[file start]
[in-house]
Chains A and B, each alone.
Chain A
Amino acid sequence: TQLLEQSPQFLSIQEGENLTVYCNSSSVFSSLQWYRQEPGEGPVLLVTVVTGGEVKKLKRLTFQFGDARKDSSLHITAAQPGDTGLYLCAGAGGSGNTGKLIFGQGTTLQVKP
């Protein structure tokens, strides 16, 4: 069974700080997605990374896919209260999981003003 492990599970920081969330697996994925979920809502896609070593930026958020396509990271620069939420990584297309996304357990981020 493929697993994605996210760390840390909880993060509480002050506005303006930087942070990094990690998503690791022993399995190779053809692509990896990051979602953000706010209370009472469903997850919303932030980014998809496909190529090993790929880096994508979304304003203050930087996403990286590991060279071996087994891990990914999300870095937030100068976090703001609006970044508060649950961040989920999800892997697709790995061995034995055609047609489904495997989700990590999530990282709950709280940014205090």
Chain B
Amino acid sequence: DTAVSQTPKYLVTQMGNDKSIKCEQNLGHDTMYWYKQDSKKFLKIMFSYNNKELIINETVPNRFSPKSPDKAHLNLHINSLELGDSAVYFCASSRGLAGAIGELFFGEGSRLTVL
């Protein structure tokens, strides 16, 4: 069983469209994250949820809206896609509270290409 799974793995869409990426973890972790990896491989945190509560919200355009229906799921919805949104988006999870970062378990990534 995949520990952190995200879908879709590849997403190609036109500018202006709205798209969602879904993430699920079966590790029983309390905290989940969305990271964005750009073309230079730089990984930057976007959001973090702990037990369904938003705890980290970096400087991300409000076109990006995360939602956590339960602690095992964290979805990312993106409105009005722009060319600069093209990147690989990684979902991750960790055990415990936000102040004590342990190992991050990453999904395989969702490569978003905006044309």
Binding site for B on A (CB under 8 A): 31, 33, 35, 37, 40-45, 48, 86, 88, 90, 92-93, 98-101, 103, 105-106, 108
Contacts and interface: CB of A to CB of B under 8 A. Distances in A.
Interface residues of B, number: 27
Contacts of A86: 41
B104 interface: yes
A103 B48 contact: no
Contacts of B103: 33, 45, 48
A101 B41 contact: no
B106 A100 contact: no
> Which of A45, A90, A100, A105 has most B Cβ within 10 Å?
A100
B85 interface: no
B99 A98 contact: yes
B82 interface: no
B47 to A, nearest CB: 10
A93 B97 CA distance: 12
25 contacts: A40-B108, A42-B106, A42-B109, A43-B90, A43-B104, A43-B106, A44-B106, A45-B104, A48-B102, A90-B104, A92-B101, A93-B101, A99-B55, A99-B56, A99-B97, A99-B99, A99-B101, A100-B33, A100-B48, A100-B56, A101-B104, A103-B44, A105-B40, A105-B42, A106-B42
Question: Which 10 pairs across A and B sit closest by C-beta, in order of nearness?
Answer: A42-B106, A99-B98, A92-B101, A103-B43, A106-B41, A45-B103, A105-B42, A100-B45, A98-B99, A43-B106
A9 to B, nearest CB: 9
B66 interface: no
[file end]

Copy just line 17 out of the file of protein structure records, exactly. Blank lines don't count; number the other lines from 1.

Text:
B106 A100 contact: no